The shadow of an international tribunal hangs over the Belarusian regime
Following the International Criminal Court (ICC) issuing an arrest warrant for the President of the Russian Federation, a similar scenario involving Lukashenka no longer seems impossible. The report of the UN High Commissioner for Human Rights detailed human rights violations by the Belarusian regime, which can be equated with crimes against humanity. Lukashenka’s foreign policy manoeuvres on the “far arc” may provoke a tightening of Western sanctions. The logistic blockade of Belarus is strengthening.
The International Criminal Court (ICC) at The Hague announced that it had issued a warrant for the arrest of Vladimir Putin for the war crime of illegally deporting citizens (children) from occupied regions of Ukraine to the Russian Federation. The ICC is also preparing a further criminal case against Russia for deliberate attacks on Ukrainian civilian infrastructure.
UN High Commissioner for Human Rights, Volker Türk, published a report on the human rights situation in Belarus covering 1st May 2020 to 31st December 2022. The report paints an unacceptable picture of official impunity and the almost total destruction of civil society and fundamental freedoms in Belarus, with some of the violations amounting to crimes against humanity. The report calls on UN member states to consider bringing the perpetrators to justice through national proceedings based on generally accepted principles of extraterritorial and universal jurisdiction.
This potentially opens the way for criminal proceedings against representatives of the Belarusian regime, including Lukashenka himself. The fact that deliberate attacks against the civilian infrastructure of Ukraine were carried out by Russian troops from the territory and airspace of Belarus with the military-technical support of Belarus also contributes to this analysis. The Permanent Mission of Belarus to the UN expectedly characterised the report as disinformation and lies.
Previously, the European Parliament adopted another resolution on the situation in Belarus condemning the latest politically motivated prosecutions, including prison sentences imposed on Nobel laureate Ales Bialiatski, human rights activist Andrzej Poczobut, and the trials in absentia of Sviatlana Tsikhanouskaya, Pavel Latushka and members of the Coordinating Council. MEPs expressed disappointment that Belarus was not included in the 10th package of EU sanctions.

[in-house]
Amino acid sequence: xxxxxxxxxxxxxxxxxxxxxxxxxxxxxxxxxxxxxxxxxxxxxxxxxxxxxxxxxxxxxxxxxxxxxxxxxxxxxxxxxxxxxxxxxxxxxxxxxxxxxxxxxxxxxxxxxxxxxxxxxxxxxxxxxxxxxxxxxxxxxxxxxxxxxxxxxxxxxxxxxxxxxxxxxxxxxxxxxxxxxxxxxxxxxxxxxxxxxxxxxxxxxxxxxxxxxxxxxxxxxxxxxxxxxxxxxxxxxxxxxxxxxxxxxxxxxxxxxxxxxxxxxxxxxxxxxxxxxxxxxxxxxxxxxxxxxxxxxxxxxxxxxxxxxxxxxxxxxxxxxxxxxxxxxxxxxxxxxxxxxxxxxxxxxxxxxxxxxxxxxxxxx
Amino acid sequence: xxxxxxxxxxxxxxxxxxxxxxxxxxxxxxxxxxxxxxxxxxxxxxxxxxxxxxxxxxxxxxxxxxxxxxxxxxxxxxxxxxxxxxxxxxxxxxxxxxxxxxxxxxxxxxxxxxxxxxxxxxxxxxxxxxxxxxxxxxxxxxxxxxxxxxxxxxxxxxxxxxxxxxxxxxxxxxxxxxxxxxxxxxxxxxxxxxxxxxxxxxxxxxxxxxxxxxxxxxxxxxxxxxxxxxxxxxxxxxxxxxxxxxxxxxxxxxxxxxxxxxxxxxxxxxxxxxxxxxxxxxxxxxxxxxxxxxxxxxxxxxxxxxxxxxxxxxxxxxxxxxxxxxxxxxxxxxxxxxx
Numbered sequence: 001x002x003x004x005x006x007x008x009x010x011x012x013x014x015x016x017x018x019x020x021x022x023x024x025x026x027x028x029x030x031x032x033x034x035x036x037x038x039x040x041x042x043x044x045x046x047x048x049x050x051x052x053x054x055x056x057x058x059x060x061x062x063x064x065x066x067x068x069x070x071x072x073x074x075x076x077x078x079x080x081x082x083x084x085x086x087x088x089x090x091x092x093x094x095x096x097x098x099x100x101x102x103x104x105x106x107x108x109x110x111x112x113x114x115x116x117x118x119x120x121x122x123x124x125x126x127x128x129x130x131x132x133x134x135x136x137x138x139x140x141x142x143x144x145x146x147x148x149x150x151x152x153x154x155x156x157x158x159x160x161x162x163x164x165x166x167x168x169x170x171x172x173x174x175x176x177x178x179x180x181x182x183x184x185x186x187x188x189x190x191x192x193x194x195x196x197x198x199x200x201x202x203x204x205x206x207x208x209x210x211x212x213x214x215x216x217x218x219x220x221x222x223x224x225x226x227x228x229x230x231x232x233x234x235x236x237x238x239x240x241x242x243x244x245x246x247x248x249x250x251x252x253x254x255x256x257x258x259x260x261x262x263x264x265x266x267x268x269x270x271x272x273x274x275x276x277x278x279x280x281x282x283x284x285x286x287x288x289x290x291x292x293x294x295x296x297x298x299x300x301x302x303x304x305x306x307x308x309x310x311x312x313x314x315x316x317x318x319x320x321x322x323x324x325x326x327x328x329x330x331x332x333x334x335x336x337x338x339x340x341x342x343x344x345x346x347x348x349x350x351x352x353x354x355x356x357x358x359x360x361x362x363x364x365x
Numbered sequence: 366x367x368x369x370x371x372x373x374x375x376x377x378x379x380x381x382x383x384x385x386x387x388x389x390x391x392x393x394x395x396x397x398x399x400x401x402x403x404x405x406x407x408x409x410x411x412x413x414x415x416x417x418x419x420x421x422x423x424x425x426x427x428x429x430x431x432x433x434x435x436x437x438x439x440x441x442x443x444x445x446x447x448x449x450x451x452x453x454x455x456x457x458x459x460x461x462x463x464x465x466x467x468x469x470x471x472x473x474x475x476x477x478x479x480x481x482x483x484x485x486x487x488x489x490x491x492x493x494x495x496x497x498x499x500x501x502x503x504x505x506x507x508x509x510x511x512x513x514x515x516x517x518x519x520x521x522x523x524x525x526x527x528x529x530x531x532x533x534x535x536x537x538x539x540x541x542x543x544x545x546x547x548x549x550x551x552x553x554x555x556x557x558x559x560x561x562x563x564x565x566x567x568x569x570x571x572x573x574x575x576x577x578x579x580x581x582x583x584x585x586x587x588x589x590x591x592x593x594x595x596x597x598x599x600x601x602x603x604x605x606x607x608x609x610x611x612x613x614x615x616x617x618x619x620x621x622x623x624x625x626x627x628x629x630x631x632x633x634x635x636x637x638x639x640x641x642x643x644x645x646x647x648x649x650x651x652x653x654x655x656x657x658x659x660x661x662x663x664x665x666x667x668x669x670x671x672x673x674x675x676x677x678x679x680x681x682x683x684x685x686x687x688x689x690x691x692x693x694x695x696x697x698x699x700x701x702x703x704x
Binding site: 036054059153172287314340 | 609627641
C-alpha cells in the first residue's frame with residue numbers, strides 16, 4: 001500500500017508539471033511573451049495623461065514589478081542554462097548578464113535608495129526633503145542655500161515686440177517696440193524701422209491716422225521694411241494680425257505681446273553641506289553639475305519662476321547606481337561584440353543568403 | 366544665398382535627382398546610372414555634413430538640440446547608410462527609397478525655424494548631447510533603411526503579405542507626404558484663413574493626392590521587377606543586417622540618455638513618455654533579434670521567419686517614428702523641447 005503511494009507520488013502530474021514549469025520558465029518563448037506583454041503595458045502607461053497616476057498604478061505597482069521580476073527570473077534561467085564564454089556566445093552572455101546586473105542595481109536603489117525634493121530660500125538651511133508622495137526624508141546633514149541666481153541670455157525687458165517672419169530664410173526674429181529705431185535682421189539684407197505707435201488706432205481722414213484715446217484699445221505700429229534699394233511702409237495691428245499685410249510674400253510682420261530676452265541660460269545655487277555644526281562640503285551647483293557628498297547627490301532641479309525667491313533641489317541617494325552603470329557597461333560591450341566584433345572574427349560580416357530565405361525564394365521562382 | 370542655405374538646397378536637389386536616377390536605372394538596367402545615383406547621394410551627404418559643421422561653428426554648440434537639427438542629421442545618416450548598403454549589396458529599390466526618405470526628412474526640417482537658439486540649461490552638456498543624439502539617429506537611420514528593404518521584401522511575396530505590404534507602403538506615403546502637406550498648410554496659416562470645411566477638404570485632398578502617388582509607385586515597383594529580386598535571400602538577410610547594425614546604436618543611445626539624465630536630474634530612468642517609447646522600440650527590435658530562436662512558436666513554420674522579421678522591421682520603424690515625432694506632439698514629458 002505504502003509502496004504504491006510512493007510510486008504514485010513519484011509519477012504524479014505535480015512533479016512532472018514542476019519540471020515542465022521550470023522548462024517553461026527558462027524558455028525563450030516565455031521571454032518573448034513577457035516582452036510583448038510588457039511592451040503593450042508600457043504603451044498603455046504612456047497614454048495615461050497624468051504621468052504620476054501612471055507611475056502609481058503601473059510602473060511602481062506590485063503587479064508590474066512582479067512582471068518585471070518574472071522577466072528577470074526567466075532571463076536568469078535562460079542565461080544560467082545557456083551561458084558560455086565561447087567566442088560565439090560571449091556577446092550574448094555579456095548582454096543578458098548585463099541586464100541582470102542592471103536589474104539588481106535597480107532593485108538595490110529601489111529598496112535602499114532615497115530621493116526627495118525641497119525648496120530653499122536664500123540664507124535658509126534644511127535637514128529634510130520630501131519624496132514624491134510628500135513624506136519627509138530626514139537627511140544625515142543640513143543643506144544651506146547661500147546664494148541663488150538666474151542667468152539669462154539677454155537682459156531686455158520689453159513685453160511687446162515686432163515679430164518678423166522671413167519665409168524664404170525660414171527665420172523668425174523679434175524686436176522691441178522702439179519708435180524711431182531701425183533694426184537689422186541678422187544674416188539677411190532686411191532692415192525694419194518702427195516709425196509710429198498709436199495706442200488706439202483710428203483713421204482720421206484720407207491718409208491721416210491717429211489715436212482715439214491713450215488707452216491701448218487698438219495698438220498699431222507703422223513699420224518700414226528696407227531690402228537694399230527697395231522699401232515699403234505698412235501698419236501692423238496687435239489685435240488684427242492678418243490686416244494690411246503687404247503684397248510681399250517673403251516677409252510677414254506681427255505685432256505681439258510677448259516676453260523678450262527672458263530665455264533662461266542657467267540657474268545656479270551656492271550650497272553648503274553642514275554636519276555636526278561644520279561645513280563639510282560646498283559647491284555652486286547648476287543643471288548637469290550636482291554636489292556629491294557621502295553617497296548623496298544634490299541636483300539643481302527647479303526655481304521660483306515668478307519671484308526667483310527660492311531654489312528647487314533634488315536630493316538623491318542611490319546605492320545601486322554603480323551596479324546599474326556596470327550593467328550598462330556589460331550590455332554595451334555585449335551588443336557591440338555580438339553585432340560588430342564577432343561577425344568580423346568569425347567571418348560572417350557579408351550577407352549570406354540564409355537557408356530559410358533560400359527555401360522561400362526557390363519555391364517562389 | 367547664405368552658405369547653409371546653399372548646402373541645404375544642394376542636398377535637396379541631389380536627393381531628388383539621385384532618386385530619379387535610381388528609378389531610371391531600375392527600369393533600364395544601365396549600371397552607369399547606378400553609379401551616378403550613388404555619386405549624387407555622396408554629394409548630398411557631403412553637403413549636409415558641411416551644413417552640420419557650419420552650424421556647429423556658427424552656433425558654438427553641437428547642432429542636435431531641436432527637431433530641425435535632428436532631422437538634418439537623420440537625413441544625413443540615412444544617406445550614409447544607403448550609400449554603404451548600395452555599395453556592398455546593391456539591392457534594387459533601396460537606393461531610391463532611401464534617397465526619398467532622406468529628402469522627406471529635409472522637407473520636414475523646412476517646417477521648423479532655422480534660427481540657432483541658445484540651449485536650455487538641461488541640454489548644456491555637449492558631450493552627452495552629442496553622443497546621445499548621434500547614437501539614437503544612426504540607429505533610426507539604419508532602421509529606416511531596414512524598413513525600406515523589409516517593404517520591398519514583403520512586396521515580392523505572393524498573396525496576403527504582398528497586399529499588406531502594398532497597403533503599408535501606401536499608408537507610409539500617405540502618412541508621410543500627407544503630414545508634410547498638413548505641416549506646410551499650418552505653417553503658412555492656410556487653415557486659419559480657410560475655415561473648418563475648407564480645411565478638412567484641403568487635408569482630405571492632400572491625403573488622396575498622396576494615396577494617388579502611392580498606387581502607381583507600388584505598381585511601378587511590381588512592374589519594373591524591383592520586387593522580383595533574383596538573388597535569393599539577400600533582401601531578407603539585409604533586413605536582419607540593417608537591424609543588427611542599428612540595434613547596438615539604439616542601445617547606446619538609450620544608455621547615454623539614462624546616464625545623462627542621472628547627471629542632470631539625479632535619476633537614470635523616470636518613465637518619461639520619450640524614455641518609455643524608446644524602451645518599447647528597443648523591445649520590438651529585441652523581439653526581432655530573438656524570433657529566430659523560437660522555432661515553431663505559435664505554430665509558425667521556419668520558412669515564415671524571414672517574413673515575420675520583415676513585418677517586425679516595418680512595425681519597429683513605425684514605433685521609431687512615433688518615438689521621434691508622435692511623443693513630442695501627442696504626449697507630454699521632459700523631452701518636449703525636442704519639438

The resolution stresses the need for a comprehensive investigation of the crimes committed by the Lukashenka regime and calls on EU countries to actively apply the principle of universal jurisdiction and prepare indictments against Belarusian officials and expresses regret regarding the visit to Minsk of Peter Szijjártó, the Minister of Foreign Affairs and Trade of Hungary on February 13th noting that this contradicts EU policy towards Belarus and Russia.
The reaction from Minsk was predictable. Belarusian Foreign Minister, Anatol Glaz, alleged that the MEPs’ call to impose additional sanctions against Belarus is an illegal instrument of pressure. The Council of the House of Representatives of the National Assembly of Belarus declared that the resolution distorts the facts and contains unfounded accusations “aimed at discrediting the international image of our country.”
Lukashenka complained to the Pope that he still could not ”explain to the West” the futility of pressure on Belarus.
Meanwhile, his foreign policy manoeuvres in the “far arc” intended to mitigate Western sanctions risk achieving the opposite effect. The US State Department views Lukashenka’s recent visit to Iran through the lens of deepening military-technical cooperation between Tehran and Moscow. According to the American Institute for the Study of War (ISW), sanctions against Belarus may not be enough to prevent Russian sanctions circumvention because Belarus can contribute by secretly transferring Chinese supplies to Russia.
Pressure on Belarus is also increased by the elimination of a pro-Russian spy network consisting of citizens of Ukraine and Belarus by the Polish special services. According to Polish reports, the group was engaged in documenting the transportation of weapons through the territory of Poland to Ukraine and was also preparing acts of sabotage to disrupt supplies.
Despite the lack of consensus within the EU on sanctions against the Belarusian potash sector, the national restrictions of Poland and Lithuania de facto prevent the physical export of potash from Belarus. The Lithuanian railway freight company LTG Cargo has suspended contracts with the Belaruskali owned Birių krovinių Terminalas bulk cargo terminal in the port of Klaipeda.
Overall, the logistical blockade of Belarus is intensifying. Since March 14th, Turkey has ceased providing maintenance services for US-manufactured aircraft under Belarusian and Russian control.
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Situation in Belarus